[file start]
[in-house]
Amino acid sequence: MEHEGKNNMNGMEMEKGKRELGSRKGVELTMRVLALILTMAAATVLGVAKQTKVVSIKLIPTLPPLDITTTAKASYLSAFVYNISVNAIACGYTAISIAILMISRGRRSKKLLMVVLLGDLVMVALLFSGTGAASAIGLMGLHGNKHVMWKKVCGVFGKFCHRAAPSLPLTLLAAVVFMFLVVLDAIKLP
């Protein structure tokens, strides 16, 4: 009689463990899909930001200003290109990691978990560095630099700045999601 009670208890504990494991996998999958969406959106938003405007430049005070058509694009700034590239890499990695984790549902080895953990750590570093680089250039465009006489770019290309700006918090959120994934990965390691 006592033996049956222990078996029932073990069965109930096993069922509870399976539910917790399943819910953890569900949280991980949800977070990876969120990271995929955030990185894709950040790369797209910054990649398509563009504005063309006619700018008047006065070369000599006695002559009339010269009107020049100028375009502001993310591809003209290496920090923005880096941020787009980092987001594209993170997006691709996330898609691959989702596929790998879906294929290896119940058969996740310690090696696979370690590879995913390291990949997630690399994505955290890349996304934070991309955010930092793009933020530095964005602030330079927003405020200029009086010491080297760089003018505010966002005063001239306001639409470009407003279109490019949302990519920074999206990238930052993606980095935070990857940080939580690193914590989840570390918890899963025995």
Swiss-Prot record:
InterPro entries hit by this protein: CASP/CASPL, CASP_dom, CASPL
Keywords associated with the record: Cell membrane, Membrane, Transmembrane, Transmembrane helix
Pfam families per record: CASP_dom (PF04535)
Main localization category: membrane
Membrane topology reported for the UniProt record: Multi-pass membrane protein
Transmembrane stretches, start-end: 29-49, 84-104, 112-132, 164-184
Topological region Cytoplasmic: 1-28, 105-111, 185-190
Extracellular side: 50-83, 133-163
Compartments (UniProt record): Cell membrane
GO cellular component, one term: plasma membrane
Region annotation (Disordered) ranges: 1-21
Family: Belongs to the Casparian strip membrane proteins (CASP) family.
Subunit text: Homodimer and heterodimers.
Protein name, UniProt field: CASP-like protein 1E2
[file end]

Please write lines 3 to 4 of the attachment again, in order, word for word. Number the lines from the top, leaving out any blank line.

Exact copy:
């Protein structure tokens, strides 16, 4: 009689463990899909930001200003290109990691978990560095630099700045999601 009670208890504990494991996998999958969406959106938003405007430049005070058509694009700034590239890499990695984790549902080895953990750590570093680089250039465009006489770019290309700006918090959120994934990965390691 006592033996049956222990078996029932073990069965109930096993069922509870399976539910917790399943819910953890569900949280991980949800977070990876969120990271995929955030990185894709950040790369797209910054990649398509563009504005063309006619700018008047006065070369000599006695002559009339010269009107020049100028375009502001993310591809003209290496920090923005880096941020787009980092987001594209993170997006691709996330898609691959989702596929790998879906294929290896119940058969996740310690090696696979370690590879995913390291990949997630690399994505955290890349996304934070991309955010930092793009933020530095964005602030330079927003405020200029009086010491080297760089003018505010966002005063001239306001639409470009407003279109490019949302990519920074999206990238930052993606980095935070990857940080939580690193914590989840570390918890899963025995």
Swiss-Prot record: